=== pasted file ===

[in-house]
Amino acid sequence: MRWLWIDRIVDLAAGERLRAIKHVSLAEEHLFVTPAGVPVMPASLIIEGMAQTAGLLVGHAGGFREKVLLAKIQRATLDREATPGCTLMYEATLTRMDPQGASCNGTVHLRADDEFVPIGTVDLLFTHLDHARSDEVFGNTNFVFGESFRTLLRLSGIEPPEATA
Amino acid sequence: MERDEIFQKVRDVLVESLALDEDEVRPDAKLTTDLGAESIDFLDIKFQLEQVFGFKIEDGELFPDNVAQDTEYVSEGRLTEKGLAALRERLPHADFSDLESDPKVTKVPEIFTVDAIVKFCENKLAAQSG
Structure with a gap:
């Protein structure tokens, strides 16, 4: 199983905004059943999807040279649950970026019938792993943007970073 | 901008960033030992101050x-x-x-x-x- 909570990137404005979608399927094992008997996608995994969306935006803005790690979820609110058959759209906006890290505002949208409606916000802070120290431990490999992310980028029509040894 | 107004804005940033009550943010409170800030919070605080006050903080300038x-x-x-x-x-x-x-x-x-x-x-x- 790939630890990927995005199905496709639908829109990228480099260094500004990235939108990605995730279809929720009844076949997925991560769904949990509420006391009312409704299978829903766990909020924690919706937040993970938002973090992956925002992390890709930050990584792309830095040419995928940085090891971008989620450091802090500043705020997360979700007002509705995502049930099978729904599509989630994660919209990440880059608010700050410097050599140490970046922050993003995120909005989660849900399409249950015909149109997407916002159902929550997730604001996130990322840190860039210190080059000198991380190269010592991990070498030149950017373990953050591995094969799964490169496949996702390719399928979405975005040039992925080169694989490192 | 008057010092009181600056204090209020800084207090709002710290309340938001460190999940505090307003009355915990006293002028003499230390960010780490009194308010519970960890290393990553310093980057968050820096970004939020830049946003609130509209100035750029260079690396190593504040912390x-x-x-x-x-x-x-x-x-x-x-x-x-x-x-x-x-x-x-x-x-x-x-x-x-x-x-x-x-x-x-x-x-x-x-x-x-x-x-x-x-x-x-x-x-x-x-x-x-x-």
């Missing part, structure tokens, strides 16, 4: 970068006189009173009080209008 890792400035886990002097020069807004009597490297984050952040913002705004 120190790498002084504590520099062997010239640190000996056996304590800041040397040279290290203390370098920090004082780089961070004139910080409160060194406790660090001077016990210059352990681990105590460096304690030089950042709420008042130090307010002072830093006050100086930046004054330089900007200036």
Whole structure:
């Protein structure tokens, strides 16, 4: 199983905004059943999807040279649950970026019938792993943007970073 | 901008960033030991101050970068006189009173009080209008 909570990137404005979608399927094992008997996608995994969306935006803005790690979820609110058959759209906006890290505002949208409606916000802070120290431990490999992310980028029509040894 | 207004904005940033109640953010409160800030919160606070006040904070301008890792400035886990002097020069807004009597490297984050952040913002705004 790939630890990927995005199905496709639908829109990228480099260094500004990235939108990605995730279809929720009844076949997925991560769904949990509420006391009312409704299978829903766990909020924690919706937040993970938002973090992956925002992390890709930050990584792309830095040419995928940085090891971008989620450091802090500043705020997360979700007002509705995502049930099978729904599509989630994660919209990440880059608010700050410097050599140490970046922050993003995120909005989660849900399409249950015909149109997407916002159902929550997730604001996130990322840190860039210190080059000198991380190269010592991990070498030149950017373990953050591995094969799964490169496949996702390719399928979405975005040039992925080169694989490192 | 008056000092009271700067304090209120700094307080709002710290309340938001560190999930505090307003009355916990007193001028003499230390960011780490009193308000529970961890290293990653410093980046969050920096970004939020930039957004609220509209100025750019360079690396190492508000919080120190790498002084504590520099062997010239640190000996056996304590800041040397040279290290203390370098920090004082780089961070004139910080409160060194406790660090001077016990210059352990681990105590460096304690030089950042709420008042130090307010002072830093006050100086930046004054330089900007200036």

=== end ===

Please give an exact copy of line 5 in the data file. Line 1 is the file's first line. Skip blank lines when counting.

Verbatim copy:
């Protein structure tokens, strides 16, 4: 199983905004059943999807040279649950970026019938792993943007970073 | 901008960033030992101050x-x-x-x-x- 909570990137404005979608399927094992008997996608995994969306935006803005790690979820609110058959759209906006890290505002949208409606916000802070120290431990490999992310980028029509040894 | 107004804005940033009550943010409170800030919070605080006050903080300038x-x-x-x-x-x-x-x-x-x-x-x- 790939630890990927995005199905496709639908829109990228480099260094500004990235939108990605995730279809929720009844076949997925991560769904949990509420006391009312409704299978829903766990909020924690919706937040993970938002973090992956925002992390890709930050990584792309830095040419995928940085090891971008989620450091802090500043705020997360979700007002509705995502049930099978729904599509989630994660919209990440880059608010700050410097050599140490970046922050993003995120909005989660849900399409249950015909149109997407916002159902929550997730604001996130990322840190860039210190080059000198991380190269010592991990070498030149950017373990953050591995094969799964490169496949996702390719399928979405975005040039992925080169694989490192 | 008057010092009181600056204090209020800084207090709002710290309340938001460190999940505090307003009355915990006293002028003499230390960010780490009194308010519970960890290393990553310093980057968050820096970004939020830049946003609130509209100035750029260079690396190593504040912390x-x-x-x-x-x-x-x-x-x-x-x-x-x-x-x-x-x-x-x-x-x-x-x-x-x-x-x-x-x-x-x-x-x-x-x-x-x-x-x-x-x-x-x-x-x-x-x-x-x-």